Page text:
studies will aid in early diagnosis and enable timely clinical interventions. “As it is difficult to offer a conclusive diagnosis using a single technique, neuroimaging techniques are most often used in combination with other technologies or as an adjunct to the clinical diagnosis of neurological diseases,” said TechVision research analyst Vandana Iyer. “Besides, there are very few software platforms that can integrate and accurately analyse the data obtained from a wide variety of neuroimaging modalities.” The need of the hour is convergence across the biomarker, neuroimaging and informatics segments. Innovations that enable seamless workflow integration across diverse neurodiagnostic modalities will help overcome technological challenges and widen the reach of the diagnostics. The standardisation of global neuroinformatic clusters will further enable data sharing and analysis. Currently, several assay platforms are available for the detection of neurological biomarkers, especially for diseases such as dementia and Alzheimer’s Disease. New biomarker discoveries and advanced diagnostic platforms for Parkinson’s disease, traumatic brain injury and other dementias are expected in the near future. An important emerging trend is the use of optical scanning techniques for detecting retinal biomarkers for neurological diseases. “Overall, rapid advancements in hybrid neuroimaging platforms have improved the sensitivity and quan-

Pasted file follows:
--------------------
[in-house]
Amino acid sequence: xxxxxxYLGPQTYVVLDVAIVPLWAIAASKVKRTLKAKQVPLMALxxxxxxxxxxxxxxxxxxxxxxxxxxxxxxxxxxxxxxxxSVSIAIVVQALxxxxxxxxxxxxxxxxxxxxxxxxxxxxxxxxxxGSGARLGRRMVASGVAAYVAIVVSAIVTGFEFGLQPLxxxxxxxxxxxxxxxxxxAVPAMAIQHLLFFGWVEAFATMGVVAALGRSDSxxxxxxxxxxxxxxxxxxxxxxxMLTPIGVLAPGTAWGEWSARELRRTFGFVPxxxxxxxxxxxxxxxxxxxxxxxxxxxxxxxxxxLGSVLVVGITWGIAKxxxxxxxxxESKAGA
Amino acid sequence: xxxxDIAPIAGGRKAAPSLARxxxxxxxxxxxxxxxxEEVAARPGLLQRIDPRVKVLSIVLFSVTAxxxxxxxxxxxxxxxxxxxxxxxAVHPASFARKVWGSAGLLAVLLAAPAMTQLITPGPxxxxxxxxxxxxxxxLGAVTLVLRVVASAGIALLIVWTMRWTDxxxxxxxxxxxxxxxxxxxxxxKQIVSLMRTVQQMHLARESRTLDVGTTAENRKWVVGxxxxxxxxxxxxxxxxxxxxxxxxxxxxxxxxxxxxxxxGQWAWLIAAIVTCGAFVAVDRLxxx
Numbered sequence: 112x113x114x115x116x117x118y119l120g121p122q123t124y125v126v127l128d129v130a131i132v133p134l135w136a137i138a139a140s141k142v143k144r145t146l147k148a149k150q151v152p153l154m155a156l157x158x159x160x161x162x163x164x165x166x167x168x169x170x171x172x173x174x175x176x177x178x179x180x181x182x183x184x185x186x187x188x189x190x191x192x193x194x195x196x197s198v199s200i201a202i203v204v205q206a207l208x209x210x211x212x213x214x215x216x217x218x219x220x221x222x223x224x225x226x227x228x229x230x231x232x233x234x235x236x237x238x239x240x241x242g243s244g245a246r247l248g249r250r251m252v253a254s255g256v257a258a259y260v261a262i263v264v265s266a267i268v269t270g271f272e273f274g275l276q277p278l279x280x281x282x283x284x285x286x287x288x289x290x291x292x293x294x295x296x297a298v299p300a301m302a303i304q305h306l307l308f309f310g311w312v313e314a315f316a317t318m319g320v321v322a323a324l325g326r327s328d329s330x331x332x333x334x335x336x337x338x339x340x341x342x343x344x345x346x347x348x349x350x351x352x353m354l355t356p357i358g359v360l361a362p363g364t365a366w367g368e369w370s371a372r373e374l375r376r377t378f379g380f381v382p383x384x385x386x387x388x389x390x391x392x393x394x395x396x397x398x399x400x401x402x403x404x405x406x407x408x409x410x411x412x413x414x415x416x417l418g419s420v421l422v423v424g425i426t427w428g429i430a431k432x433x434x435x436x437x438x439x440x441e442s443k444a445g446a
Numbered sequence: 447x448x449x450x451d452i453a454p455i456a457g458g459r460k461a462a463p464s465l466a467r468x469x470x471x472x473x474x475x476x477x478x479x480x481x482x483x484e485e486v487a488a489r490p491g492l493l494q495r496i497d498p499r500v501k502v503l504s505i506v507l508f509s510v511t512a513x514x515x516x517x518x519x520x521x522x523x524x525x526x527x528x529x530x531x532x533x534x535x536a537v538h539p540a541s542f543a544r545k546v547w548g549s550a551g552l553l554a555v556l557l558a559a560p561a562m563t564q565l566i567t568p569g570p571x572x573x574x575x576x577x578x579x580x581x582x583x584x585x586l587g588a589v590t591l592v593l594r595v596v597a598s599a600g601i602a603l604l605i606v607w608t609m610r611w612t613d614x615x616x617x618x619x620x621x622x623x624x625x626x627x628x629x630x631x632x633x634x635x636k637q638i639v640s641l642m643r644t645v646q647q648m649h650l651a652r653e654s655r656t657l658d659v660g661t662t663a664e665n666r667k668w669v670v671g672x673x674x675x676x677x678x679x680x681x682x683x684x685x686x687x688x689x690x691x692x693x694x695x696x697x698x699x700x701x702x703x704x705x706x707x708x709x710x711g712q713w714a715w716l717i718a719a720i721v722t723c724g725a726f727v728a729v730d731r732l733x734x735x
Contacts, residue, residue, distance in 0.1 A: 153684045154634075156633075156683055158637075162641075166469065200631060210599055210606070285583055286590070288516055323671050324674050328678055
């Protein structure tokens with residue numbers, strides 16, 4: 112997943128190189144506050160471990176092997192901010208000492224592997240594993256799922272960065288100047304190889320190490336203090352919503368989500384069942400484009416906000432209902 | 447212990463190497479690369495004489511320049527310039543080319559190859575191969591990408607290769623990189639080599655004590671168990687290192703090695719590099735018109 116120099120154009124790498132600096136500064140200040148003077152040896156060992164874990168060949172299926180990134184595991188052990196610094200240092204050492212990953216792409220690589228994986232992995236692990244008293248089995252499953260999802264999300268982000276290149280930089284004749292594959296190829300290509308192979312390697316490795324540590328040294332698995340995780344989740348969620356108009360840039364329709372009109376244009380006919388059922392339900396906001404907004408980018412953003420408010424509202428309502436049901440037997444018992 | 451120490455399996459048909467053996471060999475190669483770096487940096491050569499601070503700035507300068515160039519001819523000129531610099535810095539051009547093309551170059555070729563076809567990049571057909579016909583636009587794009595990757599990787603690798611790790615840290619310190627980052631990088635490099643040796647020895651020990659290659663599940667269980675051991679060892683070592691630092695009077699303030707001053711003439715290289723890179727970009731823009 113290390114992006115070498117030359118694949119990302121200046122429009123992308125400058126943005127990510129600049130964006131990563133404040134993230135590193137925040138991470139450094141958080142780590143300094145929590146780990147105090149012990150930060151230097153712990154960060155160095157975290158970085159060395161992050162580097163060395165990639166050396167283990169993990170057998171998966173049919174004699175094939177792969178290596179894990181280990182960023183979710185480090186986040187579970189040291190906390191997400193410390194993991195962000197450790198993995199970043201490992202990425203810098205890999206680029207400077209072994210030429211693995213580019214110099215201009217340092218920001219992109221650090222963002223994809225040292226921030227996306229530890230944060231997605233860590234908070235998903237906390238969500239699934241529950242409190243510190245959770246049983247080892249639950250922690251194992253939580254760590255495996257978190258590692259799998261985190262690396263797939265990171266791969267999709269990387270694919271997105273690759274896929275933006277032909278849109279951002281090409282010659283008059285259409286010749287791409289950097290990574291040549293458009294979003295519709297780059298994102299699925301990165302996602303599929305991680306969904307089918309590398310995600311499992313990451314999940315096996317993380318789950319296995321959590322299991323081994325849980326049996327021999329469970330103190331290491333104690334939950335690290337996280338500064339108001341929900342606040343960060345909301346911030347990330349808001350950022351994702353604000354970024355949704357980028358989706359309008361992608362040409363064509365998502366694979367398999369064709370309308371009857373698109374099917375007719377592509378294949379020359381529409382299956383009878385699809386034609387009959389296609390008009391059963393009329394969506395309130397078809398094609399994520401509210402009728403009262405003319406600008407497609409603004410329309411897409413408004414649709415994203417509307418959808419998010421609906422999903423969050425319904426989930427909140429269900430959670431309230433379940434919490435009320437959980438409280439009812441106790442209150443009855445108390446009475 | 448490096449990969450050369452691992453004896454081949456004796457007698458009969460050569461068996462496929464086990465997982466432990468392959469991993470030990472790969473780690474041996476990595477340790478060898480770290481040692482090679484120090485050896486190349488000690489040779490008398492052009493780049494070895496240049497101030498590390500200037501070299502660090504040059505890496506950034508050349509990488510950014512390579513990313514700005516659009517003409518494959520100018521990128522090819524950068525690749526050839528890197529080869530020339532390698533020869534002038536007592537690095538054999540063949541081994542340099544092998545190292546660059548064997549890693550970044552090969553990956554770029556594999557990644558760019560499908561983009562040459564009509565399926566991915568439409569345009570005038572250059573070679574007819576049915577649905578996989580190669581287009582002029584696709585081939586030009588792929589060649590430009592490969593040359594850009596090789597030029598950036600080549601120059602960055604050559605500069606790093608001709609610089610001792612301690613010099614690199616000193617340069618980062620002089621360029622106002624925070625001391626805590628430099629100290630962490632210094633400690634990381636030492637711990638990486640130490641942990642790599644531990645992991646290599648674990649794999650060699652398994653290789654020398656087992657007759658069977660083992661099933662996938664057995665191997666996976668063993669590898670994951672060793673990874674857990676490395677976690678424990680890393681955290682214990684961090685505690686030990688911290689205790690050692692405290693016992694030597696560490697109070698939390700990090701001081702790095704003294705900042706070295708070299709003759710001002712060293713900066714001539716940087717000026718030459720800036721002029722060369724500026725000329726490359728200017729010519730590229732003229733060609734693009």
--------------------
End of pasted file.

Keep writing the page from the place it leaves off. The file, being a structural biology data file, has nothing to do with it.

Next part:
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titative accuracy of neurodiagnostic evaluations for numerous neurodegenerative disorders,” noted Iyer. “Neuroimaging modalities will continue to be one of the major neurodiagnostic tools across research and clinical communities.” Frost & Sullivan’s global TechVision practice is focused on innovation, disruption and convergence and provides a variety of technology based alerts, newsletters and research services as well as growth consulting services. Its premier offering, the TechVision program, identifies and evaluates the most valuable emerging and disruptive technologies enabling products with near-term potential. A unique feature of the TechVision program is an annual selection of 50 technologies that can generate convergence scenarios, possibly disrupt the innovation landscape, and drive transformational growth. View a summary of the TechVision program by clicking on the following link: http://ifrost. frost.com/TechVision_Demo. www.frost.com